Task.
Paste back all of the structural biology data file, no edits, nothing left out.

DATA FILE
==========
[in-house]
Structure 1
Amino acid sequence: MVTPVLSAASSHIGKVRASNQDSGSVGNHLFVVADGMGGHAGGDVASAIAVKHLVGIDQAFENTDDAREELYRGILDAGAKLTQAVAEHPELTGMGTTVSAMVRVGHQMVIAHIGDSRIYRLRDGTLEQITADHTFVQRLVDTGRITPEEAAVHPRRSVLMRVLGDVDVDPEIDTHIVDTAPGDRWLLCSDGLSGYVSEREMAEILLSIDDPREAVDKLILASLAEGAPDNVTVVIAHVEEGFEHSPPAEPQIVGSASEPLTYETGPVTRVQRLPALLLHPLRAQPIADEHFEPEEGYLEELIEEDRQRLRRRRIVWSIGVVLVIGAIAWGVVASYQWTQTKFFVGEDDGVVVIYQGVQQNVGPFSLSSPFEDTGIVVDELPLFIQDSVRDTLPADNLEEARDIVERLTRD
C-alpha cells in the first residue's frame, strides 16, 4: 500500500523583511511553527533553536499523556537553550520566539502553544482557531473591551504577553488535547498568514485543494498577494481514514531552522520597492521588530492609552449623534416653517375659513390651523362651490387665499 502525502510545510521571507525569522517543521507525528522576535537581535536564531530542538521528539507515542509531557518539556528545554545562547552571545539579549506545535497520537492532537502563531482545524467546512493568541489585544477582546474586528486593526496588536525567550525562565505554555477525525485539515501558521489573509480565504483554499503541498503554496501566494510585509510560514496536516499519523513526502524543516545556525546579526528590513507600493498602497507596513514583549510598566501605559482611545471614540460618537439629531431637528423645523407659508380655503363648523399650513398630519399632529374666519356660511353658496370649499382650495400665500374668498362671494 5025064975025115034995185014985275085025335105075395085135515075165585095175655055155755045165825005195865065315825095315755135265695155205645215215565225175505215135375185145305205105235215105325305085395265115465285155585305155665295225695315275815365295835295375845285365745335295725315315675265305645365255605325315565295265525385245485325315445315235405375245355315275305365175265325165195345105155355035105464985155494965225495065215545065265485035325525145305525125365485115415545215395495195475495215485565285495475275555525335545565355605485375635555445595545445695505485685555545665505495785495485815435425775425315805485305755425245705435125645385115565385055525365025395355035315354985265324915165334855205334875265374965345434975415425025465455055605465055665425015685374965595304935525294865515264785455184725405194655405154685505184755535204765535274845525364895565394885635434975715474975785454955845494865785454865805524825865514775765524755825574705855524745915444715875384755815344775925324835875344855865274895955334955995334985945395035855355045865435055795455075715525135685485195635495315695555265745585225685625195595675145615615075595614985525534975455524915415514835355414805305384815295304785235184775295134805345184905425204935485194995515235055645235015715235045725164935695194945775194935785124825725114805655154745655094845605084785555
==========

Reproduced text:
[in-house]
Structure 1
Amino acid sequence: MVTPVLSAASSHIGKVRASNQDSGSVGNHLFVVADGMGGHAGGDVASAIAVKHLVGIDQAFENTDDAREELYRGILDAGAKLTQAVAEHPELTGMGTTVSAMVRVGHQMVIAHIGDSRIYRLRDGTLEQITADHTFVQRLVDTGRITPEEAAVHPRRSVLMRVLGDVDVDPEIDTHIVDTAPGDRWLLCSDGLSGYVSEREMAEILLSIDDPREAVDKLILASLAEGAPDNVTVVIAHVEEGFEHSPPAEPQIVGSASEPLTYETGPVTRVQRLPALLLHPLRAQPIADEHFEPEEGYLEELIEEDRQRLRRRRIVWSIGVVLVIGAIAWGVVASYQWTQTKFFVGEDDGVVVIYQGVQQNVGPFSLSSPFEDTGIVVDELPLFIQDSVRDTLPADNLEEARDIVERLTRD
C-alpha cells in the first residue's frame, strides 16, 4: 500500500523583511511553527533553536499523556537553550520566539502553544482557531473591551504577553488535547498568514485543494498577494481514514531552522520597492521588530492609552449623534416653517375659513390651523362651490387665499 502525502510545510521571507525569522517543521507525528522576535537581535536564531530542538521528539507515542509531557518539556528545554545562547552571545539579549506545535497520537492532537502563531482545524467546512493568541489585544477582546474586528486593526496588536525567550525562565505554555477525525485539515501558521489573509480565504483554499503541498503554496501566494510585509510560514496536516499519523513526502524543516545556525546579526528590513507600493498602497507596513514583549510598566501605559482611545471614540460618537439629531431637528423645523407659508380655503363648523399650513398630519399632529374666519356660511353658496370649499382650495400665500374668498362671494 5025064975025115034995185014985275085025335105075395085135515075165585095175655055155755045165825005195865065315825095315755135265695155205645215215565225175505215135375185145305205105235215105325305085395265115465285155585305155665295225695315275815365295835295375845285365745335295725315315675265305645365255605325315565295265525385245485325315445315235405375245355315275305365175265325165195345105155355035105464985155494965225495065215545065265485035325525145305525125365485115415545215395495195475495215485565285495475275555525335545565355605485375635555445595545445695505485685555545665505495785495485815435425775425315805485305755425245705435125645385115565385055525365025395355035315354985265324915165334855205334875265374965345434975415425025465455055605465055665425015685374965595304935525294865515264785455184725405194655405154685505184755535204765535274845525364895565394885635434975715474975785454955845494865785454865805524825865514775765524755825574705855524745915444715875384755815344775925324835875344855865274895955334955995334985945395035855355045865435055795455075715525135685485195635495315695555265745585225685625195595675145615615075595614985525534975455524915415514835355414805305384815295304785235184775295134805345184905425204935485194995515235055645235015715235045725164935695194945775194935785124825725114805655154745655094845605084785555